hadoop-common-user mailing list archives

Site index · List index
Message view « Date » · « Thread »
Top « Date » · « Thread »
From Marko Dinic <marko.di...@nissatech.com>
Subject Re: Large number of small files
Date Fri, 24 Apr 2015 09:10:40 GMT
Anand,

Thank you for your answer, but wouldn't that mean that I would have to 
serialize the files each time I need to run the job? And I would still 
need to save the original files, so the NameNode still needs to take 
care of them?

Please correct me if I'm missing something, I'm not very experienced 
with Hadoop.

What do you think about using Cassandra?

Thanks

On Fri 24 Apr 2015 11:03:19 AM CEST, Chandra Mohan, Ananda Vel Murugan 
wrote:
> Apart from databases like Cassandra, you may check serialization formats like Avro or
Parquet
>
> Regards,
> Anand
>
> -----Original Message-----
> From: Marko Dinic [mailto:marko.dinic@nissatech.com]
> Sent: Friday, April 24, 2015 2:23 PM
> To: user@hadoop.apache.org
> Subject: Large number of small files
>
> Hello,
>
> I'm not sure if this is the place to ask this question, but I'm still hopping for an
answer/advice.
>
> Large number of small files are uploaded, about 8KB. I am aware that this is not something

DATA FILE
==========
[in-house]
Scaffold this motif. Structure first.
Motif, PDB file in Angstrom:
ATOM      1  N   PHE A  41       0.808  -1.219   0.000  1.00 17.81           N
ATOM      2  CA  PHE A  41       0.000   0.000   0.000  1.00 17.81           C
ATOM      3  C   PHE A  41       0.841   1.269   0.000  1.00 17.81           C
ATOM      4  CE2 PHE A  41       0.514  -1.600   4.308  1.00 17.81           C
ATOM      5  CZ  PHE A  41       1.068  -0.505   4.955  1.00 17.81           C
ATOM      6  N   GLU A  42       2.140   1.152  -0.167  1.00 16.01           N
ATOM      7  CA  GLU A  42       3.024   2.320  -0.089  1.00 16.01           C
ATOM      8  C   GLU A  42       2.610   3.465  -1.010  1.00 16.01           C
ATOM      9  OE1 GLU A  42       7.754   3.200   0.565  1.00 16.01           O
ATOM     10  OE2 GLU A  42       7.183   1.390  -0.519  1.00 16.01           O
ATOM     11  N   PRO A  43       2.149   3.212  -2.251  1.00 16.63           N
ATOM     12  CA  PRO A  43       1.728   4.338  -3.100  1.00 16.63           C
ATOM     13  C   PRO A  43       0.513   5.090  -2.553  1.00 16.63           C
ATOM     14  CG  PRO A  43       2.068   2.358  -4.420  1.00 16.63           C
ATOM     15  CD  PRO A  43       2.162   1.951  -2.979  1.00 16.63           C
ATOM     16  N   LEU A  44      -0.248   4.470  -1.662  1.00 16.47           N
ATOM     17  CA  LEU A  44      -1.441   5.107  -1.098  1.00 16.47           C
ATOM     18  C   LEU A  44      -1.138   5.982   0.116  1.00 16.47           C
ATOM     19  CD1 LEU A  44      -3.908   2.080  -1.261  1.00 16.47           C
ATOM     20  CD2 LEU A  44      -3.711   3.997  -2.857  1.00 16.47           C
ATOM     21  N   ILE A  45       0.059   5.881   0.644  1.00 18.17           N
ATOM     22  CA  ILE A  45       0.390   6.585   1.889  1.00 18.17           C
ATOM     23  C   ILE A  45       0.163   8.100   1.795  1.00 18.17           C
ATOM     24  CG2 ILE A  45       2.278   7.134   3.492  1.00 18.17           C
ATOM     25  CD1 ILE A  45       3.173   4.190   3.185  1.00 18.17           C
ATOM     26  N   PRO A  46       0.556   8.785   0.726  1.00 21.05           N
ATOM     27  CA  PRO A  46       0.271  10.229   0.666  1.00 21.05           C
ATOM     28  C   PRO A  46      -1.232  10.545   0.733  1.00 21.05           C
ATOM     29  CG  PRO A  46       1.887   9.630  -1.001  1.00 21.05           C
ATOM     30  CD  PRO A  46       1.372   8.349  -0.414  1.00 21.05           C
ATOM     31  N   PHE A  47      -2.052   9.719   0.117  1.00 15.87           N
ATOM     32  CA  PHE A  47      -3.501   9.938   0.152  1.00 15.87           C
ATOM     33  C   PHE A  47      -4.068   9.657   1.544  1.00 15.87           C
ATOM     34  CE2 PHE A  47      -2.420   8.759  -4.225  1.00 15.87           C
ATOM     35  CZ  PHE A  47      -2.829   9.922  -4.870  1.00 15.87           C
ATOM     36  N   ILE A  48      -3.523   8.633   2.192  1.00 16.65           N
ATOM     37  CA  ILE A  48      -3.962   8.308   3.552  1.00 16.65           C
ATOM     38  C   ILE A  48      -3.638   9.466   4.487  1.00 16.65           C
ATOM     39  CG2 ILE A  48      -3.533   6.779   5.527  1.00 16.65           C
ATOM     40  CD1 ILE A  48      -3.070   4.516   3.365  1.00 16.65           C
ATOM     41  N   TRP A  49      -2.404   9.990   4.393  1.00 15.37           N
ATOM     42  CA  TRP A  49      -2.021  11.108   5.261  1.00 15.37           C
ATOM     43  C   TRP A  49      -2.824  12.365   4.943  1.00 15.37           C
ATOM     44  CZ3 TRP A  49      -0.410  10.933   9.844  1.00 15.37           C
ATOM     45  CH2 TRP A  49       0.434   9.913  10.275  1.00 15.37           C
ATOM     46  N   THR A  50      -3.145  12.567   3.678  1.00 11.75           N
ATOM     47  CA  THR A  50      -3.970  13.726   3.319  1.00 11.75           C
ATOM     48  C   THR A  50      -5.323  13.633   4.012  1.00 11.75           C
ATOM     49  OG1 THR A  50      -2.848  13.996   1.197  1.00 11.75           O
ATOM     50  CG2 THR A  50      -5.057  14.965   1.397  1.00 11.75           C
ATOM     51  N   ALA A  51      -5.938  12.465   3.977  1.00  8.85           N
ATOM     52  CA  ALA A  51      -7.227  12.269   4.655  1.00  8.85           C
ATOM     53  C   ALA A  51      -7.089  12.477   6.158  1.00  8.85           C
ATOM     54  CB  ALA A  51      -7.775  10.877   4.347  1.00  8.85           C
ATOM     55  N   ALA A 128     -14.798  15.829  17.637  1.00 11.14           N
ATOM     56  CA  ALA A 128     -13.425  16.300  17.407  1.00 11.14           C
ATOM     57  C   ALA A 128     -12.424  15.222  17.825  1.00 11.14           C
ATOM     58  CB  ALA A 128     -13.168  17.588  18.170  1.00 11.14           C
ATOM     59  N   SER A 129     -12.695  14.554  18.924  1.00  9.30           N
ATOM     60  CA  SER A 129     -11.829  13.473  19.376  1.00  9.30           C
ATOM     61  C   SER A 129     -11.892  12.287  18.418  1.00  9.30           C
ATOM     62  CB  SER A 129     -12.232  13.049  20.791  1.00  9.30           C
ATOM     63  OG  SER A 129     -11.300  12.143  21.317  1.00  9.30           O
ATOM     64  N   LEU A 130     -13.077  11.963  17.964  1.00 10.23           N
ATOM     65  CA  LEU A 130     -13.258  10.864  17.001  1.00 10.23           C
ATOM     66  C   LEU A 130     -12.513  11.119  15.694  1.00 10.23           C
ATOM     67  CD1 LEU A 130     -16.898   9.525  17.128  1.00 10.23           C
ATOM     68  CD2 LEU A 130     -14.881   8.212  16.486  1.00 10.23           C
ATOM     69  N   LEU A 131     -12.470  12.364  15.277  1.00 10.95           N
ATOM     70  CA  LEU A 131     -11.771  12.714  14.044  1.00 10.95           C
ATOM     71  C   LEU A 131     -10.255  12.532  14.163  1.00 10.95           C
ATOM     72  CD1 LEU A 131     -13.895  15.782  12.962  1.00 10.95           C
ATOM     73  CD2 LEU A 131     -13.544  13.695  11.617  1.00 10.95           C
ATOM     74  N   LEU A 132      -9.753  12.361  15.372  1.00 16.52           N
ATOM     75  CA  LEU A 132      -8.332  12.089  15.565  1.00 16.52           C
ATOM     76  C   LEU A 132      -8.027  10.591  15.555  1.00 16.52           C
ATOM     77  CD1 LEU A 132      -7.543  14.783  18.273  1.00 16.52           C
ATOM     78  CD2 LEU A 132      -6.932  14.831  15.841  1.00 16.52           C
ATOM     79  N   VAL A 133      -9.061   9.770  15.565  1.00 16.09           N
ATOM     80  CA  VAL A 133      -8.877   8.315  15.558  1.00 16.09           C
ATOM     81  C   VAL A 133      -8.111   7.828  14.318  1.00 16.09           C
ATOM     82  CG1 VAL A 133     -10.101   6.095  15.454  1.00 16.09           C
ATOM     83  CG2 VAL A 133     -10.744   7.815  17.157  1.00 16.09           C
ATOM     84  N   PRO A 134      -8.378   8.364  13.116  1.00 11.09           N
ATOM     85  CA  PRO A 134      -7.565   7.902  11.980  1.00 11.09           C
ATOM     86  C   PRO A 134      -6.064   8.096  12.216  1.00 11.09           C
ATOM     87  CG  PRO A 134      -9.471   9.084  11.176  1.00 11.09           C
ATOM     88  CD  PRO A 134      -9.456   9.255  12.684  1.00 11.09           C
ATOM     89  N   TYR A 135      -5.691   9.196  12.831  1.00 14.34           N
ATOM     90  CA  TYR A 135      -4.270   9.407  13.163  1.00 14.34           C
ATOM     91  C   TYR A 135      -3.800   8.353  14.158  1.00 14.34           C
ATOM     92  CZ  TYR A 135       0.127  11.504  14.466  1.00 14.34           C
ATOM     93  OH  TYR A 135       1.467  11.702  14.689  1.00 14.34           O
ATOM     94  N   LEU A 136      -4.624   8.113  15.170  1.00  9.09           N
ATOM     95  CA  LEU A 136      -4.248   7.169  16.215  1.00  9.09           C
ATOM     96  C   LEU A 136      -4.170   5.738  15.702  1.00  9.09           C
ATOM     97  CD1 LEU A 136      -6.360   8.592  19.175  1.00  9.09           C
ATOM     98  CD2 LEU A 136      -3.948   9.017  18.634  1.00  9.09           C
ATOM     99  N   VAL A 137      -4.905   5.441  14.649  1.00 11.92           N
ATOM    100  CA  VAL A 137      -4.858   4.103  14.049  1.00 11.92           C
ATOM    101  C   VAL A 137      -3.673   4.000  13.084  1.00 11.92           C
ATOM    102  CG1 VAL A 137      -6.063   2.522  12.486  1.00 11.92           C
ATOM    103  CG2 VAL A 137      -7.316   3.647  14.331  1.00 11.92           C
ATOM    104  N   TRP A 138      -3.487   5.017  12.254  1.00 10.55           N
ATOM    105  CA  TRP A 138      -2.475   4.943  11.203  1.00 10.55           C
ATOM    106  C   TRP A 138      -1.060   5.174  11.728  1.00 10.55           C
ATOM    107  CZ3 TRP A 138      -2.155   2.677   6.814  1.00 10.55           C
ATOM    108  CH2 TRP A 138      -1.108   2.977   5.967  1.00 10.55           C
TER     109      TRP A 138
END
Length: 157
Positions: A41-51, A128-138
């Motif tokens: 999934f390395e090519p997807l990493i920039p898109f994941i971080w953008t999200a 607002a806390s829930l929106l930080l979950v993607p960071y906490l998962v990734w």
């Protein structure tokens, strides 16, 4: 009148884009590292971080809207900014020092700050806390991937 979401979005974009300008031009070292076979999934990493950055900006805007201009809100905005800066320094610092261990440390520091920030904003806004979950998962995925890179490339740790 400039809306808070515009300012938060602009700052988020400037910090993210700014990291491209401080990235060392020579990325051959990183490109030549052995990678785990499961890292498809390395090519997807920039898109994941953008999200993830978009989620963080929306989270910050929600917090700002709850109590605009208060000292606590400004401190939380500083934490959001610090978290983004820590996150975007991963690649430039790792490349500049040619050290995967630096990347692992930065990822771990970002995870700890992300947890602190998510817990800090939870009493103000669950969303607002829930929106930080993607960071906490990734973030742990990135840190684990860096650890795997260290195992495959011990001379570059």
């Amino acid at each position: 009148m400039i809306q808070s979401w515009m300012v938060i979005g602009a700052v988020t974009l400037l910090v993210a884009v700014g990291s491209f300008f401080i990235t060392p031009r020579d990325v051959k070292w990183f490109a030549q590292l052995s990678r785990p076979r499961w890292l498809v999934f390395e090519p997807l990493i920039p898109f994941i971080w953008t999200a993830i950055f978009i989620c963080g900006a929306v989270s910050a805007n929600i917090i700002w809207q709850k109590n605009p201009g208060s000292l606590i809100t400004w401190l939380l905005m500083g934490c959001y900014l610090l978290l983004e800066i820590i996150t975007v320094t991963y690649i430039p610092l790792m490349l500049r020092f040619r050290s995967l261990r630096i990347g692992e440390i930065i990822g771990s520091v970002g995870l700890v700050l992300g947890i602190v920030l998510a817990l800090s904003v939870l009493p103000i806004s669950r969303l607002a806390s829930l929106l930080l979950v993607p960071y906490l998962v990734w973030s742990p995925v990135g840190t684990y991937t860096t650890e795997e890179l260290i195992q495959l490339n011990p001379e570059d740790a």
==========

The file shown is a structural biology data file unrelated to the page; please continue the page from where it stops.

that you're hopping for when working with Hadoop.
>
> I was thinking about using HAR files and combined input, or sequence files. The problem
is, files are timestamped, and I need different subset in different time, for example - one
job needs to run on files that are uploaded during last 3 months, while next job might consider
last 6 months. Naturally, as time passes different subset of files is needed.
>
> This means that I would need to make a sequence file (or a HAR) each time I run a job,
to have smaller number of mappers. On the other hand, I need the original files so I could
subset them. This means that DataNode is at constant pressure, saving all of this in its memory.
>
> How can I solve this problem?
>
> I was also considering using Cassandra, or something like that, and to save the file
content inside of it, instead of saving it to files on HDFS. FIle content is actually some
measurement, that is, a vector of numbers, with some metadata.
>
> Thanks

Mime
View raw message